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What To Do If Your Car Fails A MD Emissions Test

Updated: Aug 5, 2021

You roll into the Maryland emissions testing facility early Saturday morning. Your emissions test notice is about to expire in a few days, so you need to get this done. You pull into the testing area, hand your paper to the technician, pay your fee… and your car fails the test.

Now instead of grabbing a pancake breakfast at IHOP, you are stressing out about what to do next. Don’t be! At Hillmuth Auto Care, we work on cars that failed emissions on a daily basis, and we can tell you that it’s not the end of the world. If you find yourself in this situation, just follow these steps and you will be fine!

Take Your VEIC to Your Maryland Mechanic

Whether your vehicle passes or fails, you will get a Vehicle Emissions Inspection Certificate (VEIC) and a diagnostics report. They will have some information about why and to what extent your car failed the test.

Take this information along with your car to an auto repair shop that does emissions repair in Maryland. Don’t delay, because it’s in your best interest to complete the repair before the “valid through” date on the VEIC. This way you can re-test your car for free and avoid the late fees.

Why Did My Car Fail the Emissions Test?

Emissions test are designed to check the level of pollutants your car produces during fuel combustion. Depending on your car’s weight and manufacturing date, you may be subject to one or several tests.

These tests will show whether your vehicle’s emissions system is performing at its top efficiency and whether the emitted pollutants, such as carbon dioxide (CO2) and hydrocarbons (HC) are within the accepted standards.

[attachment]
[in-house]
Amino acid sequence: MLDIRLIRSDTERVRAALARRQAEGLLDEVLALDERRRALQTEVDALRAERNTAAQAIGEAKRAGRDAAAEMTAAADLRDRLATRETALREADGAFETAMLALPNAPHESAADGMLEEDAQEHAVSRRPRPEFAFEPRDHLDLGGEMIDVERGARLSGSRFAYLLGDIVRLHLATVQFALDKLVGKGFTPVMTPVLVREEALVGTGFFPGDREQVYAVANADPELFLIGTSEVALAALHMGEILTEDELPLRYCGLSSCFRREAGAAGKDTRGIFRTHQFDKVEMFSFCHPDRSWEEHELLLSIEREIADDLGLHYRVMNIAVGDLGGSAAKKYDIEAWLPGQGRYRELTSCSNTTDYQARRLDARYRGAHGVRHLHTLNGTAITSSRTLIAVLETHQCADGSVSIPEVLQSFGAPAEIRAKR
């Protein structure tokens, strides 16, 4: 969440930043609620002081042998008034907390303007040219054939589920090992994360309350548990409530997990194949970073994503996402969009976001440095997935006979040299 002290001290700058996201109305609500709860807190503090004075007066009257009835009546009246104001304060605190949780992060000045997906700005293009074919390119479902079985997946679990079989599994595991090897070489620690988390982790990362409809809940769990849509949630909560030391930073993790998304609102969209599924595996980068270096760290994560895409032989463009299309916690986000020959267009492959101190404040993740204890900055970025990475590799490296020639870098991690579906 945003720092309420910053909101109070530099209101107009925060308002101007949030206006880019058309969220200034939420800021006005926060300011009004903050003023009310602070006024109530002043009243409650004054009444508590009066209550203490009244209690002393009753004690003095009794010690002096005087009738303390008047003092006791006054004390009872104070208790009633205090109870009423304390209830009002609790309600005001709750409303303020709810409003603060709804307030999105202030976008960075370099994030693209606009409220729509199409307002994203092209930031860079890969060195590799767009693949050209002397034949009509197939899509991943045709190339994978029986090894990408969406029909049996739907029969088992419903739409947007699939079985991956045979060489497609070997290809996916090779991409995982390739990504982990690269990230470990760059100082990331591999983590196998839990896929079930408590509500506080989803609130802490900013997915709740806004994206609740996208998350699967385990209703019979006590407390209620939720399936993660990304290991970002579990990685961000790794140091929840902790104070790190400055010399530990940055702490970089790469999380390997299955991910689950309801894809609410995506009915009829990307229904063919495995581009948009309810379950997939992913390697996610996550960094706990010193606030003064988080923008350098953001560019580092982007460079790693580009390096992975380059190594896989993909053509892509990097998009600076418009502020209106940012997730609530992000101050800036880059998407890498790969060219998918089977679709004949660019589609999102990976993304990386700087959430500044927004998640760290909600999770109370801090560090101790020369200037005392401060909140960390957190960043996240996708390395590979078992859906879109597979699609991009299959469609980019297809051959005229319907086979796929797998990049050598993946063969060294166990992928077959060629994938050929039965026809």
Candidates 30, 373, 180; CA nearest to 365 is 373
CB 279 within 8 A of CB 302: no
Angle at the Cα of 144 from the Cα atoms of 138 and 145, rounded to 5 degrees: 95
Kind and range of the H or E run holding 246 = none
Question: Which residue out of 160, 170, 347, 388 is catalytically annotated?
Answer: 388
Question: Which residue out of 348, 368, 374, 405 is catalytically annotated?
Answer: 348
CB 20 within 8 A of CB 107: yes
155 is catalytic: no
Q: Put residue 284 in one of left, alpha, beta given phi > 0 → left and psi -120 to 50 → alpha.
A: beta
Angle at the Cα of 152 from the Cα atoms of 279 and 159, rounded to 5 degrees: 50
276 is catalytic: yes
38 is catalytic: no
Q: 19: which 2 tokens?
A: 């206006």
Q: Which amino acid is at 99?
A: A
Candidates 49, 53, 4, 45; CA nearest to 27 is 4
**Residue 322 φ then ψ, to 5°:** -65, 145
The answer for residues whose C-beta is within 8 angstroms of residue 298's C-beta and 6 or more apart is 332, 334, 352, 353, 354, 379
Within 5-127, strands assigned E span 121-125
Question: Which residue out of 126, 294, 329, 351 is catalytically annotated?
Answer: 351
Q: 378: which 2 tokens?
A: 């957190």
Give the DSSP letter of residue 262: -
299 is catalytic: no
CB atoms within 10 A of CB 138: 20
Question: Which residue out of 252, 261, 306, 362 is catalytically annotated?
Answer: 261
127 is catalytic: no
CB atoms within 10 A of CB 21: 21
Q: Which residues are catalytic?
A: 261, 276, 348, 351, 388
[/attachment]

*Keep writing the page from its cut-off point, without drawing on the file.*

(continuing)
Common Reasons for Vehicle Emissions Test Failure

Hydrocarbon Failure

This can be caused by any of the following:

  1. Air-to-fuel mixture ratio is too rich or too lean

  2. PCV valve malfunctioning

  3. A vacuum leak in the system

  4. Clogged catalytic converter

  5. Engine sensors malfunctioning

Sample Dilution Failure

This occurs when the carbon monoxide and carbon dioxide measurement is under 6% and an accurate exhaust sample cannot be taken from your vehicle. This is usually the indication of a leak in the exhaust system.

On-Board Diagnostics Failure

Your vehicle’s on-board diagnostic system has found malfunctioning emissions control components. A faulty malfunction indicator light on your dashboard could also cause this type of emissions test failure.

Carbon Monoxide Failure

This can be caused by any of the following:

  1. Incorrect idle speed

  2. Clogged air filter

  3. Air-to-fuel mixture is too rich

  4. Engine oil needs changing (is too dirty)

  5. Malfunctioning choke or PCV valve

Emissions Control Equipment Failure

Vehicles are designed with special equipment to control the emissions they produce. If these emissions controls have been removed or disconnected from the vehicle, it will not pass inspection.

Gas Cap Failure